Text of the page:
Pentagon weighs retiring 2/3rd of its Global Hawk drones

TEHRAN, Nov. 19 (MNA) – As part of a shift toward building the new capabilities needed to counter China and Russia and just months after Iran shot down an expensive US surveillance drone, Global Hawk, over the Strait of Hormuz, the US Defense Department is weighing scrapping about two-thirds of the Air Force’s roughly three dozen Global Hawk unmanned aircraft.

The US Air Force has proposed slashing as many as 21 of its 35 RQ-4 Global Hawk high-altitude drones, which currently collect intelligence across the Middle East and elsewhere, as part of a series of steep cuts to legacy programs, current, and former US defense officials told the Foreign Policy.

The proposal has been submitted to the Office of the Secretary of Defense for review as part of annual budget negotiations.

Both China and Russia are increasingly able to challenge the US military’s superiority through a wide variety of sophisticated missiles, air defenses, and electronic capabilities that could destroy key US and allied forces.   

The Pentagon’s challenge, then, is to invest in building next-generation systems that can penetrate Chinese and Russian defenses—the new B-21 stealth bomber, hypersonic missiles, and others. 

The Global Hawk, which first deployed in 2001 and is built by Northrop Grumman, is one of the logical cuts, experts said. As a small fleet—just three dozen planes—the aircraft is difficult to maintain due to scarcity of parts, but more importantly, it is vulnerable to enemy fire in hostile airspace. With a wingspan of 131 feet, it is easily spotted by radar and has no defensive systems.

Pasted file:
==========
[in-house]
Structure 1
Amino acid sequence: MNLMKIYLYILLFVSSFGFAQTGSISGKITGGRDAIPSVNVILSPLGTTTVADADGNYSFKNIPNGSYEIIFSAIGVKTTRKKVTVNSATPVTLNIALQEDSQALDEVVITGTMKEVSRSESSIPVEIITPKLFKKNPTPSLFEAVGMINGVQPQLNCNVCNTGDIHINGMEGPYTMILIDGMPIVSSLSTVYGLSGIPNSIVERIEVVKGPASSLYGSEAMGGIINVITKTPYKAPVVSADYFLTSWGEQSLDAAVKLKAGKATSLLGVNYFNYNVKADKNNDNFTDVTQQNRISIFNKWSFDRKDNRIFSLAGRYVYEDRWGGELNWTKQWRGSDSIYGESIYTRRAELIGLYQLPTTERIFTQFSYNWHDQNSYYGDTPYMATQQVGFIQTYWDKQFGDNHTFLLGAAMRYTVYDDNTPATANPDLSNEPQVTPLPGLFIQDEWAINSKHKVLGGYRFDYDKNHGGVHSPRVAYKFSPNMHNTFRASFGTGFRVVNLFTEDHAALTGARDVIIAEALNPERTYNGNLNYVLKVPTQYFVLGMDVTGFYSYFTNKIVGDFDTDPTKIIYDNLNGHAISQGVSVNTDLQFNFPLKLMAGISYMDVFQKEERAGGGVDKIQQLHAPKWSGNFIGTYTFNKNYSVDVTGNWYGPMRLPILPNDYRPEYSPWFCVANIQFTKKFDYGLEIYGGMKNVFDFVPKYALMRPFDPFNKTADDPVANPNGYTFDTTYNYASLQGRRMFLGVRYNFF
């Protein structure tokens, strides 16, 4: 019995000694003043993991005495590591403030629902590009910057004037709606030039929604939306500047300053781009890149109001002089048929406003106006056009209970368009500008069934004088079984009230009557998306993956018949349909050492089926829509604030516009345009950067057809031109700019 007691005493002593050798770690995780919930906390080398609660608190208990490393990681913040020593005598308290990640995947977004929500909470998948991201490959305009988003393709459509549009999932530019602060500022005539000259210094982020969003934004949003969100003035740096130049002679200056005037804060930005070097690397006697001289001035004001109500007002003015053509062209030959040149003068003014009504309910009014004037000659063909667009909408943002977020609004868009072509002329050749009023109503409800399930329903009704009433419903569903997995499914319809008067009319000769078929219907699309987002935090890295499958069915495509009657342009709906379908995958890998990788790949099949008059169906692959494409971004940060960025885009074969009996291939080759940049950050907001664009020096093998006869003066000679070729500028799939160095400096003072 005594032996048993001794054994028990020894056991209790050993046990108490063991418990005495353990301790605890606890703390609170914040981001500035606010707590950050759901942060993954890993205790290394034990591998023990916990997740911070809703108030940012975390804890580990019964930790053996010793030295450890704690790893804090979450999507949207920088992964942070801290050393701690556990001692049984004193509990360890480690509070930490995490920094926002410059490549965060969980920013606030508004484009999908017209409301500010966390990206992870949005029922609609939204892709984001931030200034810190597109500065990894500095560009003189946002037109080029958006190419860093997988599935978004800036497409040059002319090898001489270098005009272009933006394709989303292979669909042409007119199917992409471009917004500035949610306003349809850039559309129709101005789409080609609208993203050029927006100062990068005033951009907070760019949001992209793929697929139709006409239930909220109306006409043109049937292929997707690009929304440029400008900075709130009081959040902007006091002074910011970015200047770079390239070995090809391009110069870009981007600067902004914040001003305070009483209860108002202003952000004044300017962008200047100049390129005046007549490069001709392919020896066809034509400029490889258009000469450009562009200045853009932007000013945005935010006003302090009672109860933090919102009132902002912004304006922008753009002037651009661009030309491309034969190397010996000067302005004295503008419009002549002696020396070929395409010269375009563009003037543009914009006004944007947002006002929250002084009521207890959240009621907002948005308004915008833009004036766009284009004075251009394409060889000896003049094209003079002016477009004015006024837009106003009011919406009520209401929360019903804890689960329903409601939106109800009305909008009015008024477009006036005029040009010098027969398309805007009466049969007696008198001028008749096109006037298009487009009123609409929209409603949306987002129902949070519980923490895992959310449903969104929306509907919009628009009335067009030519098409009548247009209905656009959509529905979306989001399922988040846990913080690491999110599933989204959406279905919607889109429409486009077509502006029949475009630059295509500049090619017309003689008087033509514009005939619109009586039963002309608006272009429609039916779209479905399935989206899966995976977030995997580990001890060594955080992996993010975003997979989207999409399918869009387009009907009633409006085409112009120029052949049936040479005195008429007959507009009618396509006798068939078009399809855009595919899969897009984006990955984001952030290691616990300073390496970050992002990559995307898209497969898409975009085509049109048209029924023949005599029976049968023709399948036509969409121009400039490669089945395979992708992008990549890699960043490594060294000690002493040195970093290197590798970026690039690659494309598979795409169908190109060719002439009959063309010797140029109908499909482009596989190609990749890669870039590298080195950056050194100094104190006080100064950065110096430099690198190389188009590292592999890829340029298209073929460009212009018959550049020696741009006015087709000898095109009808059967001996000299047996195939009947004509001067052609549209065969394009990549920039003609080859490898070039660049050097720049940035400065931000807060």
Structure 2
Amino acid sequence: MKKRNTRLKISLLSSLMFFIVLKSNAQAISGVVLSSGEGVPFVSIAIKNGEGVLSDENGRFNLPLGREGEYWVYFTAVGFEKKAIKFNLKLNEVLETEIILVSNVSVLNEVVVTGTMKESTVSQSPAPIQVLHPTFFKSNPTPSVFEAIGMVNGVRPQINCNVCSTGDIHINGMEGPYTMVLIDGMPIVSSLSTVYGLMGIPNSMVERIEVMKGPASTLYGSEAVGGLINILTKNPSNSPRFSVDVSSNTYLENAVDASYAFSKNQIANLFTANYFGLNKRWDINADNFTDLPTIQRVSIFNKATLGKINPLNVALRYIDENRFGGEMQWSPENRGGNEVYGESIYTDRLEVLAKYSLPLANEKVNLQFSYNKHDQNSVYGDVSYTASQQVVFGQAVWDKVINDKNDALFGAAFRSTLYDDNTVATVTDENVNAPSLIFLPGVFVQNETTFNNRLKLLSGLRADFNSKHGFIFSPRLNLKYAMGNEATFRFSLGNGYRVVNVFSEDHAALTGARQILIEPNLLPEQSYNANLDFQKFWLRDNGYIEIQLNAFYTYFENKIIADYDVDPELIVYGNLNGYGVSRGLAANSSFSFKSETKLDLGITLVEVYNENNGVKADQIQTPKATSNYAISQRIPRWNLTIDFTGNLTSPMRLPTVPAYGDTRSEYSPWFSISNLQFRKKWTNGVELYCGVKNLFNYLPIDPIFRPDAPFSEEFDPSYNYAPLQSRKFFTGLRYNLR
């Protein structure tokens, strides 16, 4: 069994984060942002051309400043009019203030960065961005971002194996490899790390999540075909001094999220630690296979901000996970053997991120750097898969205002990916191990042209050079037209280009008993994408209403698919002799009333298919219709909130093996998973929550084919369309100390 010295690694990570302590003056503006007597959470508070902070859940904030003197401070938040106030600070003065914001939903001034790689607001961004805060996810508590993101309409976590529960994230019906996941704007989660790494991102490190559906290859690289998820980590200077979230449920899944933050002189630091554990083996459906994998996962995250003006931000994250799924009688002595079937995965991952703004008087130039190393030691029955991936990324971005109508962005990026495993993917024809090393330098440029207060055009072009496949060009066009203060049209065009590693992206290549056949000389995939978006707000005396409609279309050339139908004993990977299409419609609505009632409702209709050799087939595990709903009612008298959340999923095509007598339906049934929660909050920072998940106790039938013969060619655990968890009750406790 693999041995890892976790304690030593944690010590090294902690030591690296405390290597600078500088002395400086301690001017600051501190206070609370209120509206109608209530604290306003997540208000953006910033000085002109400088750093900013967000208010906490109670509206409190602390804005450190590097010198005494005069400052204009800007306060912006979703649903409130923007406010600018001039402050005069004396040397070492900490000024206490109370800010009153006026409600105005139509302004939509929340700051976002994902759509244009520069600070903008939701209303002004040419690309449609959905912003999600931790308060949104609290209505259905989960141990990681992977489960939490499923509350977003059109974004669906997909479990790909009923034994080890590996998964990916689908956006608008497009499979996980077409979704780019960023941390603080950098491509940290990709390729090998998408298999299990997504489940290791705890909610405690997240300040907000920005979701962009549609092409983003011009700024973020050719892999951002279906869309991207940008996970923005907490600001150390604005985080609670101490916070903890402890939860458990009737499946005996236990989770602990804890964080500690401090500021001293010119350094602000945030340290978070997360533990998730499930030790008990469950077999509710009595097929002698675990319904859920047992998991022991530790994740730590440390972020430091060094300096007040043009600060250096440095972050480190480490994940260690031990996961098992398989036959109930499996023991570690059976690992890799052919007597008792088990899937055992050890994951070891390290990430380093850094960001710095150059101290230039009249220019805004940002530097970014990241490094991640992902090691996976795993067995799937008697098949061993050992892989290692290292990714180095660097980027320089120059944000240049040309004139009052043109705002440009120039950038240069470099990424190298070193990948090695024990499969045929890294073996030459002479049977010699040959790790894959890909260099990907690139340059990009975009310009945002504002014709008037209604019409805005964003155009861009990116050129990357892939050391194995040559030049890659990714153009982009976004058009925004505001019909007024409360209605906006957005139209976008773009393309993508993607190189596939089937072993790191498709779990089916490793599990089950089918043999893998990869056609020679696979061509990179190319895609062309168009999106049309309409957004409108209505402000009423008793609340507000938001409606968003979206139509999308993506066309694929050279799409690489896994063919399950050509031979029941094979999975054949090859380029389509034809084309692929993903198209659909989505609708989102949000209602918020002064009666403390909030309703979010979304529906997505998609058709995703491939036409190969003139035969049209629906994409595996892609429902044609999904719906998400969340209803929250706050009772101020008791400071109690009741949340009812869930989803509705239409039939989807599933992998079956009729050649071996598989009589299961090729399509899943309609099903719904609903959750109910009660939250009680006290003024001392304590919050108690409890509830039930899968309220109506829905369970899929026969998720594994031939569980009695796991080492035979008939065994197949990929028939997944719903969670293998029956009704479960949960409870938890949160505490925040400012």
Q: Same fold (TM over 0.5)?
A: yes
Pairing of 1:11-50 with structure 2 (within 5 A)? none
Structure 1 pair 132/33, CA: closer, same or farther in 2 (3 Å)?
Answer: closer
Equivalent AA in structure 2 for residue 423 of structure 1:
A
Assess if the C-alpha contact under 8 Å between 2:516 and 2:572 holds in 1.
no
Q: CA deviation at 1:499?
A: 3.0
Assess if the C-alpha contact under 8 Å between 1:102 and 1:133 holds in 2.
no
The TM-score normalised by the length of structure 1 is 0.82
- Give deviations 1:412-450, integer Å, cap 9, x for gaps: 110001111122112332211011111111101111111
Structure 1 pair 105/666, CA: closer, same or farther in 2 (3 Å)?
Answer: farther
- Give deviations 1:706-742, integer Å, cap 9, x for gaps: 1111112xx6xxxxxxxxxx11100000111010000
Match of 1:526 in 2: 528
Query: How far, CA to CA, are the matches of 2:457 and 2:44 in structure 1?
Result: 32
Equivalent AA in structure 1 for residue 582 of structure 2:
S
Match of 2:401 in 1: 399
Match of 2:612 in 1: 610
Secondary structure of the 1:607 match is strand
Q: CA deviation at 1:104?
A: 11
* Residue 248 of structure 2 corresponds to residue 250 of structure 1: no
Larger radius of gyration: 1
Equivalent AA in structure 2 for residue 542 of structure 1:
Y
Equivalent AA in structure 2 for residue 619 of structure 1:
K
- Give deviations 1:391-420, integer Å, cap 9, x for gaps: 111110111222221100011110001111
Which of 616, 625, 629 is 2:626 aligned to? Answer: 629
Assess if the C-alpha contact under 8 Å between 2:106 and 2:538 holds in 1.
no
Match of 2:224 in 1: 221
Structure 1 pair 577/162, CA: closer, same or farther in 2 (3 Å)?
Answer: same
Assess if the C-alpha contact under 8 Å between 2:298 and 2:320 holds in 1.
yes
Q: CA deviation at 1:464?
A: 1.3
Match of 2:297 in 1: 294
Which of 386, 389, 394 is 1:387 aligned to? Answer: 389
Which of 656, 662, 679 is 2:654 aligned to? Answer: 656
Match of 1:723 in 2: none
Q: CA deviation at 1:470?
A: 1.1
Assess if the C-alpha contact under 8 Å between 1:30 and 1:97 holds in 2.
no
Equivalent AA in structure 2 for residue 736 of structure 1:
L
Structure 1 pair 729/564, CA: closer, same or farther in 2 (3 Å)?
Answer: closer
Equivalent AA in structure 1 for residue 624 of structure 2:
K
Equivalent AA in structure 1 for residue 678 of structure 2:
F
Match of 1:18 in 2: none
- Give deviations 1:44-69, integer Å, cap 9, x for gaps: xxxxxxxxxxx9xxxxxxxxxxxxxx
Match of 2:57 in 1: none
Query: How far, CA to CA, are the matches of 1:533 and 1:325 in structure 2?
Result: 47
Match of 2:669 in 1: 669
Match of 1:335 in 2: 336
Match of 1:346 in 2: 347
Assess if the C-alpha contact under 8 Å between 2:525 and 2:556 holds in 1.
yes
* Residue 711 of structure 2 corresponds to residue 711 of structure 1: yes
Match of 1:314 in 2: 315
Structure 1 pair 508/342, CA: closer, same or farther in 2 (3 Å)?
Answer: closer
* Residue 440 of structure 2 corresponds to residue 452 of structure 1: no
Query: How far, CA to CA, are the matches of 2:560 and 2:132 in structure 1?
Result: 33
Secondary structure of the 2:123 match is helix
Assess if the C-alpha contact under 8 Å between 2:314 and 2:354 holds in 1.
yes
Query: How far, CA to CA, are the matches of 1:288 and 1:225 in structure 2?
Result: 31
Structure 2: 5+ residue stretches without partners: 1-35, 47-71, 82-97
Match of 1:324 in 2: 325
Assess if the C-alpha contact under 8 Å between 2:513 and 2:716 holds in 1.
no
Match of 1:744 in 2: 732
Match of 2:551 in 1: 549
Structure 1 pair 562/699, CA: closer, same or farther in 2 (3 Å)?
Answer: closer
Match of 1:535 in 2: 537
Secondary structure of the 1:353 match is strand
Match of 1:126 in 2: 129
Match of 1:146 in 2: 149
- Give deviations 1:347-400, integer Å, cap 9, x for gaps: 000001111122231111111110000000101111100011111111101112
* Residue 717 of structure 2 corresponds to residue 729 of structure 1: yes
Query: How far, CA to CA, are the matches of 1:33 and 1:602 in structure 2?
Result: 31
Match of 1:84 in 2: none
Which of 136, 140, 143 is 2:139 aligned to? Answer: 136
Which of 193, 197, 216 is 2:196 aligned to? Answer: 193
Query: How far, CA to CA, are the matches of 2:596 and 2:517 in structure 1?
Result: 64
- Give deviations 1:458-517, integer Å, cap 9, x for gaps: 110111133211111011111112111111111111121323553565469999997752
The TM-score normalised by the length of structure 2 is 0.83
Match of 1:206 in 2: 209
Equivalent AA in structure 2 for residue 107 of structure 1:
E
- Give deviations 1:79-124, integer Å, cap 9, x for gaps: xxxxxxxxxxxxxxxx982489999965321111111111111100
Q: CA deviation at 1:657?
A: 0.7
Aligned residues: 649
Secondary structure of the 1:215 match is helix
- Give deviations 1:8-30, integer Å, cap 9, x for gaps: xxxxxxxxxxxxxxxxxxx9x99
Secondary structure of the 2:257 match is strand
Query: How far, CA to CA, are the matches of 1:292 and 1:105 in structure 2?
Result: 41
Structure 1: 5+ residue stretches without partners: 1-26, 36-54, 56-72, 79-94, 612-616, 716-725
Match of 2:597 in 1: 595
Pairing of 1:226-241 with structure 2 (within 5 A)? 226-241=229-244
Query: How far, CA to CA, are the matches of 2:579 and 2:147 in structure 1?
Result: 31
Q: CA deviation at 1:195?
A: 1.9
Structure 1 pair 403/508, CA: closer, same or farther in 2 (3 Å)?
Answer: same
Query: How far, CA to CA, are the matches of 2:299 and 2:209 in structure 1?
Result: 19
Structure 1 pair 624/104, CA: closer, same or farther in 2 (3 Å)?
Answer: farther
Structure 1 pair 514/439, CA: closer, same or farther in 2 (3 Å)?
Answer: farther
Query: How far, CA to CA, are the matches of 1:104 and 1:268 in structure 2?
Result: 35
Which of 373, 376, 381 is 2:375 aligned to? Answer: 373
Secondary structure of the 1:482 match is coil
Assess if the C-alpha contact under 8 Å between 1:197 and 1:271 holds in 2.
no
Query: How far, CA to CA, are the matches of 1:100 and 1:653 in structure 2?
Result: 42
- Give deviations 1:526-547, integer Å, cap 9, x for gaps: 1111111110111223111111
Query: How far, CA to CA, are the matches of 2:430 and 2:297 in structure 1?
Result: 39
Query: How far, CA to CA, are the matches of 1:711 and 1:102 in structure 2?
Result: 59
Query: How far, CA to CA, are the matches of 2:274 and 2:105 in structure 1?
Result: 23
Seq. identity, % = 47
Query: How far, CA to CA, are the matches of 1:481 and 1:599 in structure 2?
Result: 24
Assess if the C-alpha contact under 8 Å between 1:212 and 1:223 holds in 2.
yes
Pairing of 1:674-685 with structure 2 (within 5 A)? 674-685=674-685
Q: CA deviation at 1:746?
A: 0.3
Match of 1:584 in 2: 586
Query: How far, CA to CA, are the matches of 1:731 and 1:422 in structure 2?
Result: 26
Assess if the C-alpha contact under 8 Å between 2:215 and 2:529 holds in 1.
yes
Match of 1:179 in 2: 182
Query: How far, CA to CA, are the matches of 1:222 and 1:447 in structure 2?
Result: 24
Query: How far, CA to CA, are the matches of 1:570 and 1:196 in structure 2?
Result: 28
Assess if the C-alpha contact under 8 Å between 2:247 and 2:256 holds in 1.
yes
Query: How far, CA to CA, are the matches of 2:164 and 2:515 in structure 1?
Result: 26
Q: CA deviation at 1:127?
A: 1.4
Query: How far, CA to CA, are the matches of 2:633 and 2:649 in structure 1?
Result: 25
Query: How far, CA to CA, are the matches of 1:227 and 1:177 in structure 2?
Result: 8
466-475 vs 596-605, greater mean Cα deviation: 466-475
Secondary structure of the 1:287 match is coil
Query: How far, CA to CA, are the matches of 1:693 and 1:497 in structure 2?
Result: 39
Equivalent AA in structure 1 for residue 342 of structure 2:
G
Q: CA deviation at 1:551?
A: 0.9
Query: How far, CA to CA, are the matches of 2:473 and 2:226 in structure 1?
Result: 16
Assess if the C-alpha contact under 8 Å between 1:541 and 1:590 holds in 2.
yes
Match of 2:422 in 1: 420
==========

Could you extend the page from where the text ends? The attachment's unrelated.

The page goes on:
In late June, US Global Hawk spy drone intruded into Iranian airspace and the Islamic Revolutionary Guards Corps brought it down after the drone ignored Iran’s several warnings. IRGC said there was another intruding US manned plane beside the Global Hawk but the force ‘refrained’ from targeting it.

Iran had earlier revealed other sections of the US drone which were retrieved from the Iranian waters after the incident.

At the time, Iran provided sufficient evidence proving that the UAV had violated Iran’s airspace, including exact coordinates of the place as well as sections of the vehicle’s wreckage which were retrieved from Iranian waters. Tehran also says it will take the case to the UN.

MNA/PR

News Code 152469

Tags

Your Comment

You are replying to: .
  • 6 + 5 =